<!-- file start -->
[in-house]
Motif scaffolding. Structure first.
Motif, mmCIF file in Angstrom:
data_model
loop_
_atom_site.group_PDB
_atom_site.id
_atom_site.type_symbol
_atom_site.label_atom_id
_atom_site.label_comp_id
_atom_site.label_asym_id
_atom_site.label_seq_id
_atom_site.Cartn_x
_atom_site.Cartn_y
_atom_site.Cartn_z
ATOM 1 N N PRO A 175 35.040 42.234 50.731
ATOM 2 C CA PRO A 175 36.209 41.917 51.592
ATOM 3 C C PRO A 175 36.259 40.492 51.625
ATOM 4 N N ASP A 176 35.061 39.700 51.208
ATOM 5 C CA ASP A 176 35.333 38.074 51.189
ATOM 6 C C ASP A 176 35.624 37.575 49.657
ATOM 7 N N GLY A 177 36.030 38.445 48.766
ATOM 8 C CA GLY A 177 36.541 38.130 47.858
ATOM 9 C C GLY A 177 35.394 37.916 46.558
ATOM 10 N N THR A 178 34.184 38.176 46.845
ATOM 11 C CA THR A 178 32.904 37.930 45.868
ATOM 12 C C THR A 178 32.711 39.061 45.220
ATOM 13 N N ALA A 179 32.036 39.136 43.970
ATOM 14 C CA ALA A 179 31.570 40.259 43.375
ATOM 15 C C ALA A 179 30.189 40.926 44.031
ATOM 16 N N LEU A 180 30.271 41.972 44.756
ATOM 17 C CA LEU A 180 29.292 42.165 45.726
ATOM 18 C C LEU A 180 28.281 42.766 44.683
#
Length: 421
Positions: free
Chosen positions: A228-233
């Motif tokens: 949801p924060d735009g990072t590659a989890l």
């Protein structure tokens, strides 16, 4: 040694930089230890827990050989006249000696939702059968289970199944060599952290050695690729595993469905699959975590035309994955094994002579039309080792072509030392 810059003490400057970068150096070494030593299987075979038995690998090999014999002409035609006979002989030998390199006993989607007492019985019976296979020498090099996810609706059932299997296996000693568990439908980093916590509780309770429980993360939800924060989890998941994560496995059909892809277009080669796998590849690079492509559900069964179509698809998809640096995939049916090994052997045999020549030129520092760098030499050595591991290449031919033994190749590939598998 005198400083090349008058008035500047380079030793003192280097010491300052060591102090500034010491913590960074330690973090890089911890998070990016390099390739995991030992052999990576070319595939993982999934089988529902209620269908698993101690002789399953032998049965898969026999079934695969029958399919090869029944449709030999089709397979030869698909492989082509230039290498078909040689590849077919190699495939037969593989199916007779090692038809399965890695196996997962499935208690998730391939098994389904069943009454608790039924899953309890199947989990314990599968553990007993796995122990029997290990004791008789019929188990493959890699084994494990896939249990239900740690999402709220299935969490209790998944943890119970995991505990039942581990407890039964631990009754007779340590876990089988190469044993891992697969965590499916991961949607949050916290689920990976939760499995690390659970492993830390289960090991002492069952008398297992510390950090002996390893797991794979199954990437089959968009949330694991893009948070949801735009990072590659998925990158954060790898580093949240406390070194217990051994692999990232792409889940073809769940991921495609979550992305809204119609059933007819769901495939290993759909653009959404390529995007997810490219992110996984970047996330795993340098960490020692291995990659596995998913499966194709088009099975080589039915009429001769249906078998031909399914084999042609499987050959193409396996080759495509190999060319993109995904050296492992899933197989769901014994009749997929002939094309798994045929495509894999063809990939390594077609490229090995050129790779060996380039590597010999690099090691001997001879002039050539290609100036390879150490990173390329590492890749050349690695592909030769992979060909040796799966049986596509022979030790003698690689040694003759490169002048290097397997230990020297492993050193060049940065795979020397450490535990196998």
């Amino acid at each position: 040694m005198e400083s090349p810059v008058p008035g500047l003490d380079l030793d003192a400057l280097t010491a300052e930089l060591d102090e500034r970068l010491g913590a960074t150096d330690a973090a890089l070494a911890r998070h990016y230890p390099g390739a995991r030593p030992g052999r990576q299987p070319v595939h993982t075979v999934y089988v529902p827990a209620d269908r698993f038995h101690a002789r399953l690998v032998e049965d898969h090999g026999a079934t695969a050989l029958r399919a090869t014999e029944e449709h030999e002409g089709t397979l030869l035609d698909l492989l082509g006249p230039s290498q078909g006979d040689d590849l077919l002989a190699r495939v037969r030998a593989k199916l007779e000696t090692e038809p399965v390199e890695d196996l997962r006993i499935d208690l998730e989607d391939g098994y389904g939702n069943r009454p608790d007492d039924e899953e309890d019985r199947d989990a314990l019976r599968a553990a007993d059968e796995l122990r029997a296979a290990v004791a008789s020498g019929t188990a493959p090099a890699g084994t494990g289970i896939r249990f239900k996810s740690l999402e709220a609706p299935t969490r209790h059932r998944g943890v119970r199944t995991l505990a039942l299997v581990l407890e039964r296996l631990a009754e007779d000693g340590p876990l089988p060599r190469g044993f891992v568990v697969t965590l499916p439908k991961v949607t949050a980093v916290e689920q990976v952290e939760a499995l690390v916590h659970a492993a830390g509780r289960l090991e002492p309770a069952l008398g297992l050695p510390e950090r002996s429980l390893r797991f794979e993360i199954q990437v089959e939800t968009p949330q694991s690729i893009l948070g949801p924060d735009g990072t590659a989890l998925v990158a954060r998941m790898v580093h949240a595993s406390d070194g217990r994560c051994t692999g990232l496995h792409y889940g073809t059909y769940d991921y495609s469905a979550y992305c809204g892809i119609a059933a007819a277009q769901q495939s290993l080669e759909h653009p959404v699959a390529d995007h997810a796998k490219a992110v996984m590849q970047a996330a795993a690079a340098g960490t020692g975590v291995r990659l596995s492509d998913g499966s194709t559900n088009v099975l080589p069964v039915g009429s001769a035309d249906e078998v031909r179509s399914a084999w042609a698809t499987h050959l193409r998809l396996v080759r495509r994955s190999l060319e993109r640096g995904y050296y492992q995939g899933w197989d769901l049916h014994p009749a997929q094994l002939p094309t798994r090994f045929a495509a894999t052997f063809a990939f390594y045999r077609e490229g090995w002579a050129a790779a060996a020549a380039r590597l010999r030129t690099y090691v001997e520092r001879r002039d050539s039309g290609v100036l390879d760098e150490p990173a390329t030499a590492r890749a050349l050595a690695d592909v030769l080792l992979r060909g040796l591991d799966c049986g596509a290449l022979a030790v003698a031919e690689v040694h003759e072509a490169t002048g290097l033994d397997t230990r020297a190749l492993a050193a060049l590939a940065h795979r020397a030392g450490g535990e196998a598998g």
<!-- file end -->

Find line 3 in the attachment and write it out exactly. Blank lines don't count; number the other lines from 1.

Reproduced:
Motif, mmCIF file in Angstrom: